As an admirer of Japan for close to half a century, I care for Japan and expect Suga to respect the sentiment of his people and cancel the Olympics without further delay, says Rajaram Panda.
When the world is battling the coronavirus, Japan's Prime Minister Yoshihide Suga remains unconcerned about the risk it poses to his people if the Olympics are held in Tokyo in July.
The political leadership in Japan is under the false impression that hosting the extravaganza will bring glory to the country.
But when the pandemic is yet to be brought under control, and with several COVID-19 protocols in place, it makes absolutely no sense to put the health of the Japanese people at risk.
A major Japanese newspaper, the liberal Asahi Shimbun and an official sponsor of the Games, in an editorial on May 26, called for the cancellation of the Games, warning that not doing so soonest could pose a threat to public health and will place additional strain on the country's health services.
The Asahi Shimbun editorial urged Suga to 'calmly and objectively assess the situation and decide on the cancellation of the event this summer'.
Currently, an emergency is in place in Tokyo and other prefectures until the end of May and there is every possibility that it will be extended further.
It was surprising that International Olympic Committee Vice President John Coates, with little knowledge of the ground realities, observed that the Games can be held under a state of emergency.
Coates should remember that Japanese law does not empower the government with enforcing authority and therefore declaration of an emergency in Japan is quite different from other democracies.
Coates should also be aware that popular sentiment in Japan wants the Olympics to be cancelled as the government's priority should be to protect the lives, health and livelihoods of Japanese citizens.
In a country where over 65,000 centenarians, besides a huge number of senior citizens, live, the government ought to make strengthening the health care infrastructure a priority rather than investing time in Olympics preparation.
With less than seven weeks for the Games to begin, there is no guarantee that the infections will be brought under control. The emergence of COVID-19 variants is also worrying.
Japan started the inoculation process late and recipients are still limited to senior citizens.
Acquiring herd immunity takes time and certainly wil not be possible by the time the Games begin.
More than 90,000 athletes and supporting staff will converge in Tokyo for the Olympics.
There is always the possibility that even with frequent testing and isolation, some athletes and support staff might carry the virus.
No one can guarantee that those from other countries who gather in Tokyo for the Games will exercise self-restraint.
It would be foolhardy to compare the Olympics with other international events that might have been organised successfully under similar circumstances because of the Olympics' scale alone.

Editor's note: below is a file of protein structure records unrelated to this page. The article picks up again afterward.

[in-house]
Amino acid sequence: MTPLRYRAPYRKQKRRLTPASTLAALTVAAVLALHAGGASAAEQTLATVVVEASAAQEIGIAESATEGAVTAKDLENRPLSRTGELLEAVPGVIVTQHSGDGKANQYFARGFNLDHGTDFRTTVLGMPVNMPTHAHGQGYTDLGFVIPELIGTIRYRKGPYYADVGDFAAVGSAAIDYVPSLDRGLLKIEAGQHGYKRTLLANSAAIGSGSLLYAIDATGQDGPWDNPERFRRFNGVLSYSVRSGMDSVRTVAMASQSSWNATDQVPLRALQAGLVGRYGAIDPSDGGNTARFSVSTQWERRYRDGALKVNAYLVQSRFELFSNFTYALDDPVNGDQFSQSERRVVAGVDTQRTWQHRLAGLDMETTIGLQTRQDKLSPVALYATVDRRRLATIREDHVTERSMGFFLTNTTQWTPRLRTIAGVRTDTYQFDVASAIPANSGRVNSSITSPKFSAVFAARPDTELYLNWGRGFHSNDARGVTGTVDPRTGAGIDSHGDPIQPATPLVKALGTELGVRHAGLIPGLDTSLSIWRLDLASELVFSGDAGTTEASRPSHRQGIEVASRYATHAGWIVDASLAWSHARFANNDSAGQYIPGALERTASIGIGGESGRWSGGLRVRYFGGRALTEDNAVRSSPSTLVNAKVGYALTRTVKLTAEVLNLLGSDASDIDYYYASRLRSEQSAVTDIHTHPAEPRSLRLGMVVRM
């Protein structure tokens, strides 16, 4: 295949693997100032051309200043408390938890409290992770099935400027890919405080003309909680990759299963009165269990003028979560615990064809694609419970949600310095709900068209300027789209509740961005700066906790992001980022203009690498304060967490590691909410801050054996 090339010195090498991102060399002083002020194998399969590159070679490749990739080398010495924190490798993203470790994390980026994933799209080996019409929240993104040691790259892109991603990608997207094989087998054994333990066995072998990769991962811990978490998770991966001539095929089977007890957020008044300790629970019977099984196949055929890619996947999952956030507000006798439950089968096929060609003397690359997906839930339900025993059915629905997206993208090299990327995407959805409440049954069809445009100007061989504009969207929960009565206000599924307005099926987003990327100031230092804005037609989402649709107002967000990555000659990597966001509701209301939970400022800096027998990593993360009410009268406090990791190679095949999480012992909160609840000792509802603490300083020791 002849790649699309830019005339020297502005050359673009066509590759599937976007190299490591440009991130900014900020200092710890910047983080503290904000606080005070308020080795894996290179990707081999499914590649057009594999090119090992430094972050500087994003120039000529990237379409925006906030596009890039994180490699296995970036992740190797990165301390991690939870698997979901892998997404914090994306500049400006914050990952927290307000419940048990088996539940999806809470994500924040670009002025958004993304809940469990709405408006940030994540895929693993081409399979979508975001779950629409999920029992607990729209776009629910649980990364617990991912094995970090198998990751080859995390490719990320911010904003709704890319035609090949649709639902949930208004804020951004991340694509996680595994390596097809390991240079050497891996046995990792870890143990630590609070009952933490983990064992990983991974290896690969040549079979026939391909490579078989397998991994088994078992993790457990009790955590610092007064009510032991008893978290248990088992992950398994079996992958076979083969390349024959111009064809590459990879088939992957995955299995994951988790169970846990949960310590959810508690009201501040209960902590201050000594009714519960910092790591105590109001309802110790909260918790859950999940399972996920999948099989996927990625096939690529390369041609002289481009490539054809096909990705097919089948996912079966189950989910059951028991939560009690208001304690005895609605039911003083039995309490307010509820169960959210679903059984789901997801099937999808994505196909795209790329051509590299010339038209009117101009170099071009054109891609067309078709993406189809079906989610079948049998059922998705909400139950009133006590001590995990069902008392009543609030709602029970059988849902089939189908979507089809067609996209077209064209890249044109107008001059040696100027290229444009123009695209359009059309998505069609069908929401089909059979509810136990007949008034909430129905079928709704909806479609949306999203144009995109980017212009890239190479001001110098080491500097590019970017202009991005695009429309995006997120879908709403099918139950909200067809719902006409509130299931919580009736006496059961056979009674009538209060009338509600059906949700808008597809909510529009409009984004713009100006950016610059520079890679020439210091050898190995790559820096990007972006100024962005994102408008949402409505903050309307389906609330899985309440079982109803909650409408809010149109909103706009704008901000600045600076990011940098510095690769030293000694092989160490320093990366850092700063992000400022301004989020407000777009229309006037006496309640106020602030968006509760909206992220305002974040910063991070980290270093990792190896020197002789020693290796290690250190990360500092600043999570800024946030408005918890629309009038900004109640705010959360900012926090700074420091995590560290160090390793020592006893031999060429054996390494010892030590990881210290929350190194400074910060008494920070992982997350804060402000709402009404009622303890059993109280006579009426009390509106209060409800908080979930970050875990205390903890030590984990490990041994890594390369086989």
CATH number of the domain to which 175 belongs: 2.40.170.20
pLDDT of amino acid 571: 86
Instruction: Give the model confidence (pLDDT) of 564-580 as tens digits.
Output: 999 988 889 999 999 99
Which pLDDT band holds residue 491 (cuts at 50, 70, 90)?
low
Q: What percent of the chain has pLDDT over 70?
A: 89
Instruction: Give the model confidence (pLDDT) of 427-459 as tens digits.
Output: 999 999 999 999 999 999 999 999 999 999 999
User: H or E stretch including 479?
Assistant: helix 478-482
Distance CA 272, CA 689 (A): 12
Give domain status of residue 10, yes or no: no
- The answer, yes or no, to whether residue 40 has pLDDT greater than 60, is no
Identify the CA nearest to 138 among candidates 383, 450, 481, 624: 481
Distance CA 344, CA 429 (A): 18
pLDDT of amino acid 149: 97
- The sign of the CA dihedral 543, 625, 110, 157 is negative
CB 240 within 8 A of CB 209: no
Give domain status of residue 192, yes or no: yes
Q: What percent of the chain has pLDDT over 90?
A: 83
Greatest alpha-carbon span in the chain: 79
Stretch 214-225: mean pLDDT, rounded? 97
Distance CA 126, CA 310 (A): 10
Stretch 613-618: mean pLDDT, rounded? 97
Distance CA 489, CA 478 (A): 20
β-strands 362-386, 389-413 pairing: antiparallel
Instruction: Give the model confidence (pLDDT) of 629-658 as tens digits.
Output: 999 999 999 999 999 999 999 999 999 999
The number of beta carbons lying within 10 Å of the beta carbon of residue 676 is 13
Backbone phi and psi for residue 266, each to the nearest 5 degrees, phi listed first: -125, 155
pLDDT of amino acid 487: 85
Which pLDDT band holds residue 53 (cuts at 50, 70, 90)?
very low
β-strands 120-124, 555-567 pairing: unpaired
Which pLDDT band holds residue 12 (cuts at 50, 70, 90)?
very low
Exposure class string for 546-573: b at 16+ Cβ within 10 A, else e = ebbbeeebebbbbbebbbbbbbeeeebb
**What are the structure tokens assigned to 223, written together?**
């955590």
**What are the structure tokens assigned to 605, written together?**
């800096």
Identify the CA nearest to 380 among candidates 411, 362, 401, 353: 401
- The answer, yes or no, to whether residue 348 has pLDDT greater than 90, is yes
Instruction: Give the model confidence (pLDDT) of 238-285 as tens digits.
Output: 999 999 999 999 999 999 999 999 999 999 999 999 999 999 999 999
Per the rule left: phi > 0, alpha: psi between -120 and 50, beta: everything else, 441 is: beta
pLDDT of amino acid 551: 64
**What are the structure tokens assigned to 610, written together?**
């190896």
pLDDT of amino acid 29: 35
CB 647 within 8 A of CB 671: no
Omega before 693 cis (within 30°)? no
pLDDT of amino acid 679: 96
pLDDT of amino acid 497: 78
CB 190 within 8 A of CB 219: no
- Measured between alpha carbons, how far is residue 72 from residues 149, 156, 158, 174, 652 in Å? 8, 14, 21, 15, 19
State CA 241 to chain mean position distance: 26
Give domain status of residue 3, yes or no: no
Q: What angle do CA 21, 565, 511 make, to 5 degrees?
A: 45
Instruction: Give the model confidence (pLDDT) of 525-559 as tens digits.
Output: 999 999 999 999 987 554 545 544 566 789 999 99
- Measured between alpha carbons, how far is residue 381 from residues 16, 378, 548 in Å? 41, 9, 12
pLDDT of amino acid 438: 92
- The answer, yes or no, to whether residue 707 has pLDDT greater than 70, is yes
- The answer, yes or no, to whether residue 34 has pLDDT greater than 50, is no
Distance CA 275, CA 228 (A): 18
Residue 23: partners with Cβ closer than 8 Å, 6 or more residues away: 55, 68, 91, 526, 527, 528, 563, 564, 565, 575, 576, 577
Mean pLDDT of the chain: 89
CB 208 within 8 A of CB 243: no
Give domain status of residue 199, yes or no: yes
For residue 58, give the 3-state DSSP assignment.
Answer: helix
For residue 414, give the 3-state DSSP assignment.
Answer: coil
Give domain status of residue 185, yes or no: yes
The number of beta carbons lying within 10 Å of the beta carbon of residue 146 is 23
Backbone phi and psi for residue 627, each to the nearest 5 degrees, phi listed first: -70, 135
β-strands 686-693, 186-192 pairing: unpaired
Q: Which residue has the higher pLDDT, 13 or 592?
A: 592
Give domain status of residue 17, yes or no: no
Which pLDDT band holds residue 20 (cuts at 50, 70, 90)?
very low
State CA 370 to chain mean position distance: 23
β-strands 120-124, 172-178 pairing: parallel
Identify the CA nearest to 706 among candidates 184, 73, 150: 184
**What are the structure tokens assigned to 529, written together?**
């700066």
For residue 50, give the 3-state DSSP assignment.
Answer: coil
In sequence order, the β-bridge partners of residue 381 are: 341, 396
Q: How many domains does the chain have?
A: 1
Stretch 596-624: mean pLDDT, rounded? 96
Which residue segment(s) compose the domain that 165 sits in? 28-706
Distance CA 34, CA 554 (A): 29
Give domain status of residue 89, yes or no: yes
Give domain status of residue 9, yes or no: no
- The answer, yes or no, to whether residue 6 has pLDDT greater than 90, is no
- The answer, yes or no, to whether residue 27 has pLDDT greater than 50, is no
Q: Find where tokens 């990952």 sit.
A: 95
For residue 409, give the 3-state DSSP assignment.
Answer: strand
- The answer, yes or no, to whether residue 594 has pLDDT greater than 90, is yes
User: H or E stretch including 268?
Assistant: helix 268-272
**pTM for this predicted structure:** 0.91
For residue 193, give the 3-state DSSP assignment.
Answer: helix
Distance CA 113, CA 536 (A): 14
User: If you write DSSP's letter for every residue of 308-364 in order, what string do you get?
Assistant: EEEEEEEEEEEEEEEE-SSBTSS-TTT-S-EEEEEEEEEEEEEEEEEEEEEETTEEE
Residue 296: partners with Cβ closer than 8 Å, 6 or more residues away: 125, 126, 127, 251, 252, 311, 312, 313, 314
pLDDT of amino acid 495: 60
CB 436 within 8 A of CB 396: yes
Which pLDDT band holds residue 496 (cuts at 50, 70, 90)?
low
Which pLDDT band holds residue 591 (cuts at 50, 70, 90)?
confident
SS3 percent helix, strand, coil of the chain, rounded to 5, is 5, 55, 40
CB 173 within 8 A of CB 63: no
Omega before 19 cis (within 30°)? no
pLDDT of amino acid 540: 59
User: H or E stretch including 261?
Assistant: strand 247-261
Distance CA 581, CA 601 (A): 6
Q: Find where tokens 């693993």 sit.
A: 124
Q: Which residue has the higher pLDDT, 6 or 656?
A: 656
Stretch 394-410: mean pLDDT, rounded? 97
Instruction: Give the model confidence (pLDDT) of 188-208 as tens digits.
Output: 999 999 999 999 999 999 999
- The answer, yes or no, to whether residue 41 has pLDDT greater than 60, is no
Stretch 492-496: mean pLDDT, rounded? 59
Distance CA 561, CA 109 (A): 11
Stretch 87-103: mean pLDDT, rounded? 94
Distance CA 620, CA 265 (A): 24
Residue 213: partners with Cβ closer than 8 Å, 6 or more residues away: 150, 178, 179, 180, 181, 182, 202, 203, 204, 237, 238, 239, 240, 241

Assuming the Games are held defying public disapproval, can the Suga administration assure the Japanese people that everything shall be okay given the enormity of the virus that poses risks to the health of the citizenry?
Suga must call a meeting with Tokyo Governor Yuriko Koike, Tokyo Olympics Organising Committee President Seiko Hashimoto and take a collective decision to cancel the Games and not go by the false illusion that the Olympics shall prove mankind's triumph over COVID-19.
True, Japan could lose $16 billion (1.8 trillion yen) if the Games are cancelled.
But prominent economist Takahide Kiuchi warns that the loss of $16 billion would be dwarfed by the economic hit from emergency measures imposed if the Olympics turn out to be a Covid super-spreader.
According to Kiuchi, Japan lost an estimated 6.4 trillion yen when the first nationwide state of emergency was declared last spring.
If the Olympics are held Kiuchi warns it could trigger the spread of infections and necessitate another emergency, resulting in an economic loss that would be greater than the Games' cancellation.
The direct loss from a cancellation would be equivalent to a third of a per cent of nominal gross domestic product in fiscal 2020, Kiuchi adds.
Since the start of the pandemic, Japan has reported 725,536 cases and 12,497 deaths as of May 27, 2021.
Japan has been slow in vaccine rollout, which is just picking up speed.
Doctors and health staff fear that if the Olympics are held, Japan's already stretched medical resources would be redirected to the event, thereby exposing the vulnerability of its citizens, many in the senior citizens category.
Will Suga listen to the sound advice of Professor Michael Baker of New Zealand's Otago University, who says there is no justification for holding the Games during a pandemic, and the decision to go ahead would be 'absurd' and cost lives.
Suga will be digging his political grave and dent his Liberal Democratic Party's future if he stubbornly goes ahead with the Games.
As an admirer of Japan for close to half a century, I care for Japan and expect Suga to respect the sentiment of his people and cancel the Olympics without further delay.
Dr Rajaram Panda is Senior Fellow at the Nehru Memorial Museum and Library, New Delhi, and former ICCR Chair Professor at Reitaku University, Japan.
Feature Presentation: Rajesh Alva/Rediff.com